What determines transfer efficiency of automated paint systems and how to improve it

Understanding the importance of the transfer efficiency of automated paint strategies, and what affects it.

Transfer efficiency is critical to the spray finishing industry, from both a cost and a regulatory standpoint. Although transfer efficiency is a relatively simple concept, it can lead to considerable confusion if it is not clearly understood. Knowing what influences transfer efficiency is important to enable the most efficient automated spray paint solution.

Understanding the influences of transfer efficiency and how it is used in the industry is important for factory owners. By exploiting transfer efficiency, manufacturers can save money and reduce maintenance and VOC emissions. 


When spraying an object, there is always a part of the sprayed material that is sprayed around the object. The term transfer efficiency refers to the amount of paint that is sprayed on the object compared to how much material is dispersed from the spray gun(s). Transfer efficiency is expressed as a percentage. A 60% transfer efficiency means that 60% of the material sprayed actually reached the target. The balance of 40% was lost to the spray booth or other areas during the spray finishing process. 

Transfer Efficiency

Transfer efficiency = amount on target vs amount sprayed
 (1) Fluid     (2) Surface     (3) Overspray

Why is transfer efficiency important? 

By increasing transfer efficiency, we reduce paint loss. This leads to a reduction in released VOCs and improves the life of your mixing room filters. Transfer efficiency can be increased as a result of using different spray applicators. By maximising transfer efficiency and spraying less paint, manufacturers can save money, reduce maintenance and lower both filter costs and VOC emissions. 


What determines transfer efficiency? 

The biggest factor in achieving high transfer efficiency is choosing the right spray gun. Selecting the most efficient spray gun for the intended application is important in optimising the efficiency of your spray operation. Conventional air spray, compliant, HVLP, air-assist, electrostatic and rotary atomiser all offer excellent benefits depending on the application.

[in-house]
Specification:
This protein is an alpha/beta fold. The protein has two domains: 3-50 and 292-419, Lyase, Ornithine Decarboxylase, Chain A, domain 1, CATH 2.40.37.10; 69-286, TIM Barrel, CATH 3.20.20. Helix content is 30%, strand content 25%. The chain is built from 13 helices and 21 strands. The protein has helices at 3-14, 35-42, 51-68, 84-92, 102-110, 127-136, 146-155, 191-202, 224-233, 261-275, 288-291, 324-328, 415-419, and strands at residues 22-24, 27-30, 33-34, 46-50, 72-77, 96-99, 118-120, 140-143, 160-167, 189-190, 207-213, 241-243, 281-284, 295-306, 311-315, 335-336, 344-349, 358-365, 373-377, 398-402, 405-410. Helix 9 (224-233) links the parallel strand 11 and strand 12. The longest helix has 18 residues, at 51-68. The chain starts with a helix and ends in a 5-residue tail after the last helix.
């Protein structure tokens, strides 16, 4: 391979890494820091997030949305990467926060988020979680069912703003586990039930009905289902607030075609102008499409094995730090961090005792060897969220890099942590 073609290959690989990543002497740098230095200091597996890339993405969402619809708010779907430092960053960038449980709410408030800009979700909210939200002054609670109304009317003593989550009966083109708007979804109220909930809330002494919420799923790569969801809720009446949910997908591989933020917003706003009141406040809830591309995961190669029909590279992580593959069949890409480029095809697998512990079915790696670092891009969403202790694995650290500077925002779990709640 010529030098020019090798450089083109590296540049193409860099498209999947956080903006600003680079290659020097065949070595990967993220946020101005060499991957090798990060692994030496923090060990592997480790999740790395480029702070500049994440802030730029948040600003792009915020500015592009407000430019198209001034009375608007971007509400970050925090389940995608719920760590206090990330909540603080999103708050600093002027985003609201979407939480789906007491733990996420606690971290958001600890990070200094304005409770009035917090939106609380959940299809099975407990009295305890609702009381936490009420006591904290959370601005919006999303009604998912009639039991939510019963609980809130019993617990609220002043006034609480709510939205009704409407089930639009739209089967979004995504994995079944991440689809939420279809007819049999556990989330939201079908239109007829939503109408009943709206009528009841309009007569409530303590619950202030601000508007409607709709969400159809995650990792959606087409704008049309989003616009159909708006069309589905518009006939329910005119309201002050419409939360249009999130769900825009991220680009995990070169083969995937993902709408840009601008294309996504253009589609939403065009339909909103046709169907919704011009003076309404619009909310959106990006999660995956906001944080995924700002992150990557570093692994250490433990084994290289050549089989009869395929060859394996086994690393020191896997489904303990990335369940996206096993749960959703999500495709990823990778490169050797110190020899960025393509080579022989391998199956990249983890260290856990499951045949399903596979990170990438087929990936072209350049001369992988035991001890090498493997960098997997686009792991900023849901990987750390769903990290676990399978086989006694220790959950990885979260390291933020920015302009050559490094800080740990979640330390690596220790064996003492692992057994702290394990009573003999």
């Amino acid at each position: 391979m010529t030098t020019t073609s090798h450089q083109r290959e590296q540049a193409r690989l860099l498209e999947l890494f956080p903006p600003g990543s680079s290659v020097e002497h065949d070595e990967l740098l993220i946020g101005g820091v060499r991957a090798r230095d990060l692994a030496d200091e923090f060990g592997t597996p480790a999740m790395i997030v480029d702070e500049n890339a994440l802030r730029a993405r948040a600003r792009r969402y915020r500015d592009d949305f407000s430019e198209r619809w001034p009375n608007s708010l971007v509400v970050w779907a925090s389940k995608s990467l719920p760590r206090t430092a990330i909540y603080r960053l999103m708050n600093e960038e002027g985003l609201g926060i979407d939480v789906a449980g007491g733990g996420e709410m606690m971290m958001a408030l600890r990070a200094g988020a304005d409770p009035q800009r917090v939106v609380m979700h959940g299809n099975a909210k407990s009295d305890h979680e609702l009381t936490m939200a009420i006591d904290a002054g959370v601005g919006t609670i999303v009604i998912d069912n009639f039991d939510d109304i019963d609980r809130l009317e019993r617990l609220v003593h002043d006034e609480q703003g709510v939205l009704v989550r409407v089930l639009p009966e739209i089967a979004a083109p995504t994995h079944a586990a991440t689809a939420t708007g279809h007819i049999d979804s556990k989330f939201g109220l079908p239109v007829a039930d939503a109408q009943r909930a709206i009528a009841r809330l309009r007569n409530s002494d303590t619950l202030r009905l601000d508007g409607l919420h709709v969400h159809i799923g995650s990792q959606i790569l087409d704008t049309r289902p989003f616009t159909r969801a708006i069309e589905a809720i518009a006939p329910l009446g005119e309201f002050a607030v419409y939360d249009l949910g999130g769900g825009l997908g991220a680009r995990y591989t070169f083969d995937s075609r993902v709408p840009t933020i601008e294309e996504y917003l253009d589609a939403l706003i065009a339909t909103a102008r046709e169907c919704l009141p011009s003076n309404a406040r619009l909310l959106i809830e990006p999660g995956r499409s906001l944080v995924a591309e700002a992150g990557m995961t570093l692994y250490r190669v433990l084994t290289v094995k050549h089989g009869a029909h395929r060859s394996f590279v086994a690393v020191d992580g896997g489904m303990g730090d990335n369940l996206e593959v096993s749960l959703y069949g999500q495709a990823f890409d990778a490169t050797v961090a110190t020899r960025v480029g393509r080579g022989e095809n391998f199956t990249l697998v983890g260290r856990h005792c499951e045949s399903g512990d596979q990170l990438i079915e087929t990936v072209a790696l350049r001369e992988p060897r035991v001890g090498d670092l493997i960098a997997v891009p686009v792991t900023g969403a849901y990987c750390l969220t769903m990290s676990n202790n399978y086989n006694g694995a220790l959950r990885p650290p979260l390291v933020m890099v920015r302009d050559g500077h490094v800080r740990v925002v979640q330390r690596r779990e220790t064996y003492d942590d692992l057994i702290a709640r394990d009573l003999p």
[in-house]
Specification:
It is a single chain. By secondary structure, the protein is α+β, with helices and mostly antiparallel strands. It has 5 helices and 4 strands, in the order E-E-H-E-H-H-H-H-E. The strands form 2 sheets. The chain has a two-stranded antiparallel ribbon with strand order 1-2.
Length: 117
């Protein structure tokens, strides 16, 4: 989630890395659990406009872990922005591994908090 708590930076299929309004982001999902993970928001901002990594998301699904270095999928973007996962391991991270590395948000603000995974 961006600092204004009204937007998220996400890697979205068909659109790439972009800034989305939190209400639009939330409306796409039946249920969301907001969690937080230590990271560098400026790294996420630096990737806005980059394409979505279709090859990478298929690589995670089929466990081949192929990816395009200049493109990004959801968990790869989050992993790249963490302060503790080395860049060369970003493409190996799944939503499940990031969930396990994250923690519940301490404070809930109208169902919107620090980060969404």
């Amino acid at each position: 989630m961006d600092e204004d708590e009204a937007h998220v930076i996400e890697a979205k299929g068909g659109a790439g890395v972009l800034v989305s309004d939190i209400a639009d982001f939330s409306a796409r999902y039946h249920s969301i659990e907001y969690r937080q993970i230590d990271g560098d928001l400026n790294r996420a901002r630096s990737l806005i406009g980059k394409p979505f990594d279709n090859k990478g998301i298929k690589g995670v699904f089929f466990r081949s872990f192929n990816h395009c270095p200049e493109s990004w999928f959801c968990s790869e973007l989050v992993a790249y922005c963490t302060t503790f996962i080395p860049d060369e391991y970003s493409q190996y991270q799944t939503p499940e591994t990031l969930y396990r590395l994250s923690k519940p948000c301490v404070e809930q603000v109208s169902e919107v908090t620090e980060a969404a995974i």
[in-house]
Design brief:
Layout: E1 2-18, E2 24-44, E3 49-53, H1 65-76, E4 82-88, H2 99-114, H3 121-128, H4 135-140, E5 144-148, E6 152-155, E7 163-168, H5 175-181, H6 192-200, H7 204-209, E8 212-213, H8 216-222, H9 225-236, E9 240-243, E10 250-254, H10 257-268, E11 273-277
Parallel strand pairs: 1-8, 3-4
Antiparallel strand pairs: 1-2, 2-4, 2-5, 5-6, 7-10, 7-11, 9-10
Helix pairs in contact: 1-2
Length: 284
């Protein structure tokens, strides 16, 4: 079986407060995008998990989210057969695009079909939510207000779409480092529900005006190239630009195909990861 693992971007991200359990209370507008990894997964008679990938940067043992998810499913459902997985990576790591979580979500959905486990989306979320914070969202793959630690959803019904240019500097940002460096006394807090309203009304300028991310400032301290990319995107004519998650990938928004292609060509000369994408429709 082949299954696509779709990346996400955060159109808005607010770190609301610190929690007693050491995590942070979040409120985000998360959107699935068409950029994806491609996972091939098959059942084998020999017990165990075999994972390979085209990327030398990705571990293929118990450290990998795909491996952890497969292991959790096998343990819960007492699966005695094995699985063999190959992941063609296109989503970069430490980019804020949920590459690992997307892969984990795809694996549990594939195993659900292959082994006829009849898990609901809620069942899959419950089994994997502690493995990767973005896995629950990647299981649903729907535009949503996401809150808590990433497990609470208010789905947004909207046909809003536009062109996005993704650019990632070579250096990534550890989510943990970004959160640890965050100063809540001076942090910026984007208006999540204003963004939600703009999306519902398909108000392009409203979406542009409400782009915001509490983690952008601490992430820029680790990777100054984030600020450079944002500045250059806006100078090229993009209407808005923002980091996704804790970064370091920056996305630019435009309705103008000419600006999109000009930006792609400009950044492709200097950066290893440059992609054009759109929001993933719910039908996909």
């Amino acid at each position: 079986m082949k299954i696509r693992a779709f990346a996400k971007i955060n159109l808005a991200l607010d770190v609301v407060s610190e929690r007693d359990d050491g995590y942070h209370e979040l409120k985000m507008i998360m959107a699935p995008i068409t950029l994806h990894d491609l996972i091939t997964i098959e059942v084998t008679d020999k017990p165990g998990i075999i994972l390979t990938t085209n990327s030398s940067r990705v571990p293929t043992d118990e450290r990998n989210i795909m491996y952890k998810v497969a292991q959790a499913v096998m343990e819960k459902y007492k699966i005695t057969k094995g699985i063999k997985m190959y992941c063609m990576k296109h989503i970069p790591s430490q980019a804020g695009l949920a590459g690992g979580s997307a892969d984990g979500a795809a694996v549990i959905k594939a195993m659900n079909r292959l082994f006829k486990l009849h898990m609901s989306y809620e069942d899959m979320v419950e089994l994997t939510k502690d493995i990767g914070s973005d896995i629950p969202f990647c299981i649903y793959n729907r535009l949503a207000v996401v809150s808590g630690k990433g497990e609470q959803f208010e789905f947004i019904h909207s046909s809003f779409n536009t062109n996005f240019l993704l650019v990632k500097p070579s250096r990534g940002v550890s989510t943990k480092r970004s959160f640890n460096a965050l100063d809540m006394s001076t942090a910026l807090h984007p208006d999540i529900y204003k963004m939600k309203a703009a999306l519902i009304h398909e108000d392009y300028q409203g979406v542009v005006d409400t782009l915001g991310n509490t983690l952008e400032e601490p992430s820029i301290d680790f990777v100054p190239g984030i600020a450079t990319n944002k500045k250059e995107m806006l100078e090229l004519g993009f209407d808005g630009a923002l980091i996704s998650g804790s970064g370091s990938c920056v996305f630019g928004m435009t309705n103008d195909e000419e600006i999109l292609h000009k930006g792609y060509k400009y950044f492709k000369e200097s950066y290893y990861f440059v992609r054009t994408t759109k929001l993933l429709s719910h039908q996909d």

Transfer efficiency chart

Transfer efficiency

  1. Conventional
  2. HVLP
  3. Airless
  4. Air-Assisted
  5. Electrostatic
  6. Rotary

Overall, there are advantages and disadvantages to each spray technology. Determining the highest requirement for your production line will assist you in identifying which spray technology will fit your application. Other factors can impact transfer efficiency too, such as operator techniques, a proper gun set-up, spray pattern height, grounding and air conditions in the mixing room.


Transfer efficiency & electrostatics

If you are looking for a spraying solution for waterborne materials that provides high transfer efficiency and high-quality results, be sure to check out the HydroShieldTM system. The system works with professional Pro Xp WB electrostatic guns combined with a variety of nozzles and other equipment providing excellent transfer efficiency for a wide range of high- and low-pressure applications.

As portrayed by the above graph, rotary bell atomizers, such as Graco’s ProBell® series, will provide the best possible transfer efficiency rates for automated paint systems. In combination with electrostatics they can achieve a transfer efficiency as high as 95%!

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